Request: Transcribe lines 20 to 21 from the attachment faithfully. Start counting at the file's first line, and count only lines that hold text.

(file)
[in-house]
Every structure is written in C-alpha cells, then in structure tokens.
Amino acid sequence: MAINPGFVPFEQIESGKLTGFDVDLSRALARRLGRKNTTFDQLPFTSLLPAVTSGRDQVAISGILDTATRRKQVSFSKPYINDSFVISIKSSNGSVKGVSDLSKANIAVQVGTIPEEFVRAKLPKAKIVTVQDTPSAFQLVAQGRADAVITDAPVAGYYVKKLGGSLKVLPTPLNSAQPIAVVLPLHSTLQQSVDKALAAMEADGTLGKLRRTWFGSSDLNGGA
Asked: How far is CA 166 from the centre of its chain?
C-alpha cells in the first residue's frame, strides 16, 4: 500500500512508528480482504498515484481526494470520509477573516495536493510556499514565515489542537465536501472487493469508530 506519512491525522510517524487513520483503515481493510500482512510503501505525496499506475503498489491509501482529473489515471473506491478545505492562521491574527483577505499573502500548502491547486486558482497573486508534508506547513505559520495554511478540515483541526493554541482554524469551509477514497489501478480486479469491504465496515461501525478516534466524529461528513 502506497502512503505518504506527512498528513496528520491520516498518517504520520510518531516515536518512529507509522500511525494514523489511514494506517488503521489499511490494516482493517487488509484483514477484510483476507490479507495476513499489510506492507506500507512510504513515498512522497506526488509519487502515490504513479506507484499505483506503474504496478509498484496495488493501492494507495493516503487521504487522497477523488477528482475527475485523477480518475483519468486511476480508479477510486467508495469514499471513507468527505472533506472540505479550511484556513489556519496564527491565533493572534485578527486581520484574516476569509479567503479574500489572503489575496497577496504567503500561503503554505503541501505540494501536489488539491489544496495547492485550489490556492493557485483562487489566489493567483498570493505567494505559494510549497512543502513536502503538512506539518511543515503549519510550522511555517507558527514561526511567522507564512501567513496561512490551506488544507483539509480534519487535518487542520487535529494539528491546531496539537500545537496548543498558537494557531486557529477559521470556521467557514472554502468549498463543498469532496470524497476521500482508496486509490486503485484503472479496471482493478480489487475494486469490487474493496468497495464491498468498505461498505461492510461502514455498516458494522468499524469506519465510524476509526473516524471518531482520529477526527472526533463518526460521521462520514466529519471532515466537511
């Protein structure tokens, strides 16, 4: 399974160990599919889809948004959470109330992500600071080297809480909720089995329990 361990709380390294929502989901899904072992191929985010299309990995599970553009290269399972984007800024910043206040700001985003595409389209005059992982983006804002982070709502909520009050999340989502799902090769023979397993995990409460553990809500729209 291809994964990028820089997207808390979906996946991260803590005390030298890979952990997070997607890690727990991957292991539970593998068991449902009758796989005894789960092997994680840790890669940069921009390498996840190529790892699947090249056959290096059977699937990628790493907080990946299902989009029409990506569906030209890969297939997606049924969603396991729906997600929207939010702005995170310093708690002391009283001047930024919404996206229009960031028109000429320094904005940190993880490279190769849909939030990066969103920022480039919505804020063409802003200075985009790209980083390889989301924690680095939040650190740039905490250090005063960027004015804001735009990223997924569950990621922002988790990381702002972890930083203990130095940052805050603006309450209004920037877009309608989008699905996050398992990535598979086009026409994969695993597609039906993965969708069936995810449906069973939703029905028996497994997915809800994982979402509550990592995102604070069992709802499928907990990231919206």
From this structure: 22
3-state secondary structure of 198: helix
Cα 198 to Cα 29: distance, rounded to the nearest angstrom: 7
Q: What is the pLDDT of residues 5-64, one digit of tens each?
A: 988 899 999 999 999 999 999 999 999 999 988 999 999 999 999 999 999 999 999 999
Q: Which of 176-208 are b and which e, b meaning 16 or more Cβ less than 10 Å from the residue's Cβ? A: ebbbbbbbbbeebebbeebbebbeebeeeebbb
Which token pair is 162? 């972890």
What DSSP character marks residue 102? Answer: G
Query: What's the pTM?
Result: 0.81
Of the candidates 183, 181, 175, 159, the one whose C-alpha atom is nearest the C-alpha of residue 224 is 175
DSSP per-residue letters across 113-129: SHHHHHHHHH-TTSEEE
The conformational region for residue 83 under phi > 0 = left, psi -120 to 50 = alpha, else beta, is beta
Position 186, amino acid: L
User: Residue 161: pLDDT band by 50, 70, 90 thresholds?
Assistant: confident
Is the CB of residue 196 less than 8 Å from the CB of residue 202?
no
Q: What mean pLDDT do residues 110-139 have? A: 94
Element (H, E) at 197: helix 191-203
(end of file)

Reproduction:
Position 186, amino acid: L
User: Residue 161: pLDDT band by 50, 70, 90 thresholds?